Super Bowl XLIX Photo: Rob Carr, Getty Images

Safety Stars in Super Bowl XLIX

'I’ll never learn to ride a bike. Or get cooties. I’ll never learn to fly. Or travel the world with my best friend. And I won’t ever get married,' the child says. 'I couldn’t grow up because I died from an accident.'

Safety took center stage during Super Bowl XLIX thanks to Nationwide’s “Make Safe Happen” commercial.

The spot, which featured a little boy who died from a preventable accident, was designed to be jarring in order to “start a conversation,” Nationwide said.

“I’ll never learn to ride a bike. Or get cooties. I’ll never learn to fly. Or travel the world with my best friend. And I won’t ever get married,” the child says. “I couldn’t grow up because I died from an accident.”

Nationwide released a statement after the ad aired in response to the strong audience reaction:

Preventable injuries around the home are the leading cause of childhood deaths in America. Most people don’t know that. Nationwide ran an ad during the Super Bowl that started a fierce conversation. The sole purpose of this message was to start a conversation, not sell insurance. We want to build awareness of an issue that is near and dear to all of us—the safety and well being of our children. We knew the ad would spur a variety of reactions. In fact, thousands of people visited MakeSafeHappen.com, a new website to help educate parents and caregivers with information and resources in an effort to make their homes safer and avoid a potential injury or death. Nationwide has been working with experts for more than 60 years to make homes safer. While some did not care for the ad, we hope it served to begin a dialogue to make safe happen for children everywhere.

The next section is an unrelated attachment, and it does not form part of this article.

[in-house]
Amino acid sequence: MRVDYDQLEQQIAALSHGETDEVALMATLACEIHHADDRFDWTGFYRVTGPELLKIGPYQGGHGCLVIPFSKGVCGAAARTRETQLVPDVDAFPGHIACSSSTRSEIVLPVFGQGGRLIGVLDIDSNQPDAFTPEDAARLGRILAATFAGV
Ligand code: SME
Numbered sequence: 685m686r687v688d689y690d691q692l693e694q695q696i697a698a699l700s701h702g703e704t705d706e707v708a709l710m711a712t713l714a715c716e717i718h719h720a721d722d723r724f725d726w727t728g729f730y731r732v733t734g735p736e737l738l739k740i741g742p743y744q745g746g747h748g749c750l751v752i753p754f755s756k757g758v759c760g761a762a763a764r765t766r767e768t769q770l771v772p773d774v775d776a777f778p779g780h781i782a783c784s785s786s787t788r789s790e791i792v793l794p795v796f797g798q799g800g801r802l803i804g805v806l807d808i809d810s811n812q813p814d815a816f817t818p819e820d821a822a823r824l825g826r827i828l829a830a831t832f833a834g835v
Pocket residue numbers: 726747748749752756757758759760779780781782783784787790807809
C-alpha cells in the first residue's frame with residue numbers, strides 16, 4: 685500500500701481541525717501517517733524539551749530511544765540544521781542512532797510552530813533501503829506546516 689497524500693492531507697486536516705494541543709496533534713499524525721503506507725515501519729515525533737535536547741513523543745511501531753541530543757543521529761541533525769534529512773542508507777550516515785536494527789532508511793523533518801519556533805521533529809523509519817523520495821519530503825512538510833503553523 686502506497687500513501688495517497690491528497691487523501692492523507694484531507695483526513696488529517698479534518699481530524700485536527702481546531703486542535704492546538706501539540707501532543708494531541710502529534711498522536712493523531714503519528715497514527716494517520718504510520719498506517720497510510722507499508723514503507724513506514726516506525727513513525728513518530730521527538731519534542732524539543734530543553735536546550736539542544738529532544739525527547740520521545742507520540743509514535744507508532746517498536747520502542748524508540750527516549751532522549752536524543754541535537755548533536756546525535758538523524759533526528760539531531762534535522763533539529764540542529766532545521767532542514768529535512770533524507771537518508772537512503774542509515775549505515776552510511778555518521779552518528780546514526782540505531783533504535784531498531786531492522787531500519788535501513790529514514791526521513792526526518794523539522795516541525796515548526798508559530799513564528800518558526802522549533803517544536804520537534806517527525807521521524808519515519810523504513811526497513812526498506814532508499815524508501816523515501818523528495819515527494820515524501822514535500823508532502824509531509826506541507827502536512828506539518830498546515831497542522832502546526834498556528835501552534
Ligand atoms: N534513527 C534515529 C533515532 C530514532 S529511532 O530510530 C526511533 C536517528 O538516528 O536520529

Preventable Injuries

In fact, preventable injuries are the No. 1 killer of children in the U.S., with as many as 8,000 kids killed per year, according to Safe Kids Worldwide - an organization working to prevent injuries in children.

Of those deaths, more than 2,400 occur at home from accidental injuries. And another 3 million kids require emergency room care each year.

Among the biggest risks are: poisoning, choking, drowning, falls and fires/burns.

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